Italian voters send an unmistakable message

“Italians registered their dismay with the European political establishment on Sunday, handing a majority of votes in a national election to hard-right and populist forces that ran a campaign fueled by anti-immigrant anger. The election. . .was widely seen as a bellwether of the strength of populists on the continent and how far they might advance into the mainstream. The answer was far, very far.” So reports the New York Times.

The Times has it right. The European political establishment has let Europeans down to a far greater extent than the U.S. establishment has let Americans down. Americans “registered their dismay” by electing Donald Trump. We should not be surprised when Europeans register theirs in even less uncertain terms.

Italy is ground zero for one significant aspect of the European immigration problem. Africans are streaming into the country. The political establishment seems indifferent to this unsettling phenomenon.

The election results are the Italians response to the indifference, along with their discontent with the EU. According to the Times, “far-right and populist forces appeared to gain more than 50 percent of the vote in Italy.”

As is so often the case in Europe these days, though, no party or coalition appears to have won enough support to form a government. Thus, it may take weeks of bargaining to determine who will lead the next government and who will be in it.

Often these muddles produce a coalition that freezes out right-wing and populist parties that have performed well in the election. However, that doesn’t seem likely in Italy. As the Times says, it will be difficult to form a government “without the insurgent Five Star Movement, a web-based, populist party less than a decade old.”

That’s as it should be. The Five Star Movement obtained almost one-third of votes cast, more than any other party. Its focus is on “anti-corruption,” but opposition to immigration played a major role in its campaign rhetoric and party leaders have at times called for the immediate expulsion of immigrants.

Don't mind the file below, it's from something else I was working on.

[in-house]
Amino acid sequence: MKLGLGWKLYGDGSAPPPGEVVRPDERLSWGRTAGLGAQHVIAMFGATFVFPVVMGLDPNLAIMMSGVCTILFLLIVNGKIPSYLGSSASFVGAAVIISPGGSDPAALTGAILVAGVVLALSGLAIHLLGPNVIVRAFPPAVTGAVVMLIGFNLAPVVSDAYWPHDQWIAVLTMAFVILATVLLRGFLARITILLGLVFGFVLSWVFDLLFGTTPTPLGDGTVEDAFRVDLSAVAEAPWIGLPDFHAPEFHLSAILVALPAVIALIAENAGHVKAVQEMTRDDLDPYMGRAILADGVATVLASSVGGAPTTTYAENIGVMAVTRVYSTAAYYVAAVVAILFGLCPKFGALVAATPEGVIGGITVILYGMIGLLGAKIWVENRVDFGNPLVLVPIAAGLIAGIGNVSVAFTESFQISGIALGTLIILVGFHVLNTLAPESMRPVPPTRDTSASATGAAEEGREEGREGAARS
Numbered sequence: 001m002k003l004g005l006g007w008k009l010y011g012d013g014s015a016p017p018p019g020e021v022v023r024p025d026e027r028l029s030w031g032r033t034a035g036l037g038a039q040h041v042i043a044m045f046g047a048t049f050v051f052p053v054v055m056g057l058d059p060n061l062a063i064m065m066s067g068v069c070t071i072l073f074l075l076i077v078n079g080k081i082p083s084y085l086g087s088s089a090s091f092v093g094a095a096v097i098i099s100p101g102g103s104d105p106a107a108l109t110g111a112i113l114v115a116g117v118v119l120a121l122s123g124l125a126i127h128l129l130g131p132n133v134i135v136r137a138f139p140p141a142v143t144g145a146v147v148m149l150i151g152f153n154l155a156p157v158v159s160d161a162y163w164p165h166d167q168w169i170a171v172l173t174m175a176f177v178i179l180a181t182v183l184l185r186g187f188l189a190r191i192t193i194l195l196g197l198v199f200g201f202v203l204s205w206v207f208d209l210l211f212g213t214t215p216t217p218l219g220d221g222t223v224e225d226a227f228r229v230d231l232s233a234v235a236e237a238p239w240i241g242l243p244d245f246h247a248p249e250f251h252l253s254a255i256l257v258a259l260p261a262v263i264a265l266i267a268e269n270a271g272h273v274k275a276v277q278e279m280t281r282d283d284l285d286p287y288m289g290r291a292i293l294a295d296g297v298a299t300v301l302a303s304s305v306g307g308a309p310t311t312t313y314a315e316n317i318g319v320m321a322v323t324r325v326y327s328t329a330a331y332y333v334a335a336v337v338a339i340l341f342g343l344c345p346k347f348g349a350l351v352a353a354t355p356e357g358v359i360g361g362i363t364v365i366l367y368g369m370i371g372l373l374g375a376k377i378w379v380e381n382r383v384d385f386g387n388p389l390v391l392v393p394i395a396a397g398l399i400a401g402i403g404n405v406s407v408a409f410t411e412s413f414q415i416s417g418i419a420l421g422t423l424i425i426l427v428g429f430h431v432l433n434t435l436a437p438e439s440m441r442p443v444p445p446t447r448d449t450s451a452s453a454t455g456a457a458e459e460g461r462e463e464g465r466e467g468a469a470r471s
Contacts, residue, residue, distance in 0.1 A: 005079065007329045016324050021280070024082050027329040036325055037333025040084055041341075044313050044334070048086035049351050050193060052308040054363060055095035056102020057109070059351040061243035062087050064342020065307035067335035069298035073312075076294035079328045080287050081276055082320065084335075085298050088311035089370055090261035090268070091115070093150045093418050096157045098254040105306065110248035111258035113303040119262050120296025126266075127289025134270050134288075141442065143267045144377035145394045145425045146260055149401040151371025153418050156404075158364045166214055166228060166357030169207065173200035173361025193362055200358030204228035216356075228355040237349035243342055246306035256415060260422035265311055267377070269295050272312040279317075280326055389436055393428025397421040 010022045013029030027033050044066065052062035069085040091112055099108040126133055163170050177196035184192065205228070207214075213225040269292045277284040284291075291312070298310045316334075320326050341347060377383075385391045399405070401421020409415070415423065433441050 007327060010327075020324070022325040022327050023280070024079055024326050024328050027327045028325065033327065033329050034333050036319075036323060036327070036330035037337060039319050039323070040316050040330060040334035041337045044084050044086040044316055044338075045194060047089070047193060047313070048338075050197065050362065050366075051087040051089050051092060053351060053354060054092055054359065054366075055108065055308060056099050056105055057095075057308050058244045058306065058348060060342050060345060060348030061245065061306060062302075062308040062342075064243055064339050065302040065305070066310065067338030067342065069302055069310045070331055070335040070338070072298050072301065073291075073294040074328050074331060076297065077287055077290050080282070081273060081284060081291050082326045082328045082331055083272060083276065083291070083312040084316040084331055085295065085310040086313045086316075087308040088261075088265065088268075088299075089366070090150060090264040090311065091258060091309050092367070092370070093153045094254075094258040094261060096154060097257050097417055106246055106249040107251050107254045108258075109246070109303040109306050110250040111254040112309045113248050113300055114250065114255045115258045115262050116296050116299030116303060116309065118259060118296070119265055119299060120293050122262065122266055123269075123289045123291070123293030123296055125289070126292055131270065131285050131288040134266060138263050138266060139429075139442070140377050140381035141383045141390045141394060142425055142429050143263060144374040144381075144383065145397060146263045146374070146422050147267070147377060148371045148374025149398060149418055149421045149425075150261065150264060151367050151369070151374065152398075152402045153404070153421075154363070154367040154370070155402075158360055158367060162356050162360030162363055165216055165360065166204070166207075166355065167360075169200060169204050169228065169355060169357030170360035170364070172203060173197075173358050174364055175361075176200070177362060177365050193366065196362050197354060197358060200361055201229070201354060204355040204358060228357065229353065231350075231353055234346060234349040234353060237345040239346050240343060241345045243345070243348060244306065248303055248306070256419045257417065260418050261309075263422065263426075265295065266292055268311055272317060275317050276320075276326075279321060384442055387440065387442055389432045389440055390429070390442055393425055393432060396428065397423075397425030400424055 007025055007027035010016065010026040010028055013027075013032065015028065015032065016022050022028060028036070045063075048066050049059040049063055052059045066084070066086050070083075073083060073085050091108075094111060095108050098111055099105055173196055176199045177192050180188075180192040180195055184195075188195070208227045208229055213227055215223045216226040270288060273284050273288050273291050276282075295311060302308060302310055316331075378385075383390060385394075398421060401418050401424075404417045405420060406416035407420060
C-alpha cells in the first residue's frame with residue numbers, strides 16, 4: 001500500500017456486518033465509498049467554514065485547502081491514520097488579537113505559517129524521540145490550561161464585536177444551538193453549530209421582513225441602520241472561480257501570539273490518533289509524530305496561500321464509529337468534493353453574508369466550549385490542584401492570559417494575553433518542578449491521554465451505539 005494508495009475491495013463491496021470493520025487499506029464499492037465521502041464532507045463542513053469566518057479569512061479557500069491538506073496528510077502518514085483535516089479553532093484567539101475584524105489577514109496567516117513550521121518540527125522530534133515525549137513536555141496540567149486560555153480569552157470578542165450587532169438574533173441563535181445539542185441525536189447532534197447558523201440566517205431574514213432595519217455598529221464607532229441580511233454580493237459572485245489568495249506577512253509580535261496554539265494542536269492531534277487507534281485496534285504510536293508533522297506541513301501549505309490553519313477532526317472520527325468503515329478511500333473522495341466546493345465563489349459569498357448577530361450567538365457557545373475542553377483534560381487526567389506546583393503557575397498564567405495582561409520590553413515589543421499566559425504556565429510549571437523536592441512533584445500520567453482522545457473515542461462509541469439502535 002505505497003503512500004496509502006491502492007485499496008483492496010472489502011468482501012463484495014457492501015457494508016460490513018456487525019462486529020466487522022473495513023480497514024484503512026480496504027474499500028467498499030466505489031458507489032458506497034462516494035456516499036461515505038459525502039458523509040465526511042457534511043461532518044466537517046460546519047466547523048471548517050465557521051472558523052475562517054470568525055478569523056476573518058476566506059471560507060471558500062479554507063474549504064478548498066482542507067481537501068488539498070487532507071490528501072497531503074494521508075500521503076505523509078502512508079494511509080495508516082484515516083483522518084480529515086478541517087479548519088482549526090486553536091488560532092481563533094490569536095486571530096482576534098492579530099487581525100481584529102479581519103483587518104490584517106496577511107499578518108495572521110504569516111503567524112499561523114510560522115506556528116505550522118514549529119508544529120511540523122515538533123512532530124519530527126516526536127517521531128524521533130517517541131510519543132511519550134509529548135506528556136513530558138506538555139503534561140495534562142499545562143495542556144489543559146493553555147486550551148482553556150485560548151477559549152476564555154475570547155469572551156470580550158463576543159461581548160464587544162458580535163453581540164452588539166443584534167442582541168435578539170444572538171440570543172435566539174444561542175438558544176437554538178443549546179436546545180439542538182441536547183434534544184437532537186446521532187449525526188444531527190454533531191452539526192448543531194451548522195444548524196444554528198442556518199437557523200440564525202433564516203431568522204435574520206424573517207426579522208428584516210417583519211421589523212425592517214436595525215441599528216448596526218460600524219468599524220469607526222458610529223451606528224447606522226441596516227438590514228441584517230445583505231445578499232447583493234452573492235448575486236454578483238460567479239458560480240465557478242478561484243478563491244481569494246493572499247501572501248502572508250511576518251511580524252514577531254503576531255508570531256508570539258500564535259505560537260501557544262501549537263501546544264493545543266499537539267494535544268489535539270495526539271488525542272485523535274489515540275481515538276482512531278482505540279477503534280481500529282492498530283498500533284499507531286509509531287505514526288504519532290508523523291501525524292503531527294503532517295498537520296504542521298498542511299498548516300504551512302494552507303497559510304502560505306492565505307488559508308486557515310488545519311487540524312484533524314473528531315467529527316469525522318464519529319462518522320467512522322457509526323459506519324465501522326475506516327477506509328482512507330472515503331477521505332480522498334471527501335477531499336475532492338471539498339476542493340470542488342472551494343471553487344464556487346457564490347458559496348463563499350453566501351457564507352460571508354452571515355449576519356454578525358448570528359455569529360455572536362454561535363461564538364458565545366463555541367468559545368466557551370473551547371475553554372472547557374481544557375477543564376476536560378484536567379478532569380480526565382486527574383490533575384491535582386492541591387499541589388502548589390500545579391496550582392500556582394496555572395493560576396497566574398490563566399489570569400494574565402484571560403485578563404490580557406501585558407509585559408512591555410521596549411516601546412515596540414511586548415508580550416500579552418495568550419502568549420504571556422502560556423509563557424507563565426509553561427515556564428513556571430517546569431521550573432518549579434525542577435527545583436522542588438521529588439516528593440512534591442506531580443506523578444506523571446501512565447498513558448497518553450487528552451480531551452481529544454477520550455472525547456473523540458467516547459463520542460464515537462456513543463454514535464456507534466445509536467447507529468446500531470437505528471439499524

Moreover, a coalition of other anti-immigration parties — the League party, the Forza Italia party of Silvio Berlusconi (considered by some to be Trump before there was Trump), and the neo-fascist Brothers of Italy — collected close to 40 percent. Significantly, the League, which is considered further to the right than Belusconi’s party and makes immigration its overriding issue, was the leading vote-getter within this coalition, at about 18 percent.

Combine the League’s vote with Five Star’s and you’re very close to 50 percent.

European populist parties are a mixed bag. However, few of them are conservative in the American sense and most are unsavory to one degree or another. (the Five Star Movement, for example, is said to be sympathetic to Putin; other populists parties are clearly neo-fascist). That’s why it is so disappointing that more mainstream European parties throughout much of Europe have created major opportunities for the populists by not taking a harder line on immigration.

In France, the clever Emmanuel Macron has learned this lesson. He’s become an immigration hardliner in word and, to some extent, in deed.

Ironically, France’s harder line has come at Italy’s detriment, at least according to the Times. France has basically locked its doors to the African immigrants, leaving them stranded in Italy, where the government has been loath to send them back to Africa and slow to prevent illegal entry.

Italians have now sent a clear message that the new government, whatever its composition, must not be as loath.


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